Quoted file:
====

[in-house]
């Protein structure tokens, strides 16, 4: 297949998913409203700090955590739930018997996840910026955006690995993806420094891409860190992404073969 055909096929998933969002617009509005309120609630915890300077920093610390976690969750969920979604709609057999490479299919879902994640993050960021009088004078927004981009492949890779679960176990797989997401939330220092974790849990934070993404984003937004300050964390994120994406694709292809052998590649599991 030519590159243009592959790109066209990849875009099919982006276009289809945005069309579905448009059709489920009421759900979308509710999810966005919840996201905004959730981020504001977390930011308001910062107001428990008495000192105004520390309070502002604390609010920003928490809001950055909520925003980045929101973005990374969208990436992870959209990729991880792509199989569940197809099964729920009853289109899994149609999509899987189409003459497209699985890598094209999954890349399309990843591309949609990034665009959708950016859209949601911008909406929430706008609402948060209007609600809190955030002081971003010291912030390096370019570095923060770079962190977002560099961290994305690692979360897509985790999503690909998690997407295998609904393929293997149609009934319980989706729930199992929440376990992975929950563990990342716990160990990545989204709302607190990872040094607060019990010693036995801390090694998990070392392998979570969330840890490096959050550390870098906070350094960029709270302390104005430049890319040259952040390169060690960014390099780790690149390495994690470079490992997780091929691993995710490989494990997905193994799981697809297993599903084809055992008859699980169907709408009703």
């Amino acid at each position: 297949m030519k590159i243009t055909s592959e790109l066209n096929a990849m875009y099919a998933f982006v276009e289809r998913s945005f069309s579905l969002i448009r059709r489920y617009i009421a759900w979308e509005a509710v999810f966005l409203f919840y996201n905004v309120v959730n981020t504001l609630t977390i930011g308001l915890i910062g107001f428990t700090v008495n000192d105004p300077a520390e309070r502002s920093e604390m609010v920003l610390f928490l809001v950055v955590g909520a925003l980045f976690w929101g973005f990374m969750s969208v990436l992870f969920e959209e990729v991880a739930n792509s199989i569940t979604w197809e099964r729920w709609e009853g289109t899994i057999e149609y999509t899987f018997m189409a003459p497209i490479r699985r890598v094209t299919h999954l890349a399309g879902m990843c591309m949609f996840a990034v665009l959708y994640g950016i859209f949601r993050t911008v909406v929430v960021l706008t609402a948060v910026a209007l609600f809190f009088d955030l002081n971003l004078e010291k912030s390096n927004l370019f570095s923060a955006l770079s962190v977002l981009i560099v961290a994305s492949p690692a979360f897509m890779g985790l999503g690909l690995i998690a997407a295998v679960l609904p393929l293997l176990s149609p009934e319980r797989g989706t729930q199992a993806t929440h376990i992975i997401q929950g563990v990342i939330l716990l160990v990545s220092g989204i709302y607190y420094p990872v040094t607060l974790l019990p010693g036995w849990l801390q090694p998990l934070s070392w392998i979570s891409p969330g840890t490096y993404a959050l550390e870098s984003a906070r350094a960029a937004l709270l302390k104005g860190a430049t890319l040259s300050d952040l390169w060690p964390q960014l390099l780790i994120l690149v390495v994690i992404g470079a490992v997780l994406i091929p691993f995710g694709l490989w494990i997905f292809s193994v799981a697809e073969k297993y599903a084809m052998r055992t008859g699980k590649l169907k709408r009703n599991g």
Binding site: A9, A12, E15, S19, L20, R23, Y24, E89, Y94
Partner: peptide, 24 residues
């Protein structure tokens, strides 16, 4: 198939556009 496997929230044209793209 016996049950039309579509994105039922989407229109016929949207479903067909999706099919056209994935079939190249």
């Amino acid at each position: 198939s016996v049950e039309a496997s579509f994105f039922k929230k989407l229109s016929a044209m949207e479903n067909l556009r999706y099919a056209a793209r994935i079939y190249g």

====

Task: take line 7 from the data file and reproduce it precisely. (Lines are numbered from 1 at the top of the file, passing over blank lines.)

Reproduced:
């Amino acid at each position: 198939s016996v049950e039309a496997s579509f994105f039922k929230k989407l229109s016929a044209m949207e479903n067909l556009r999706y099919a056209a793209r994935i079939y190249g």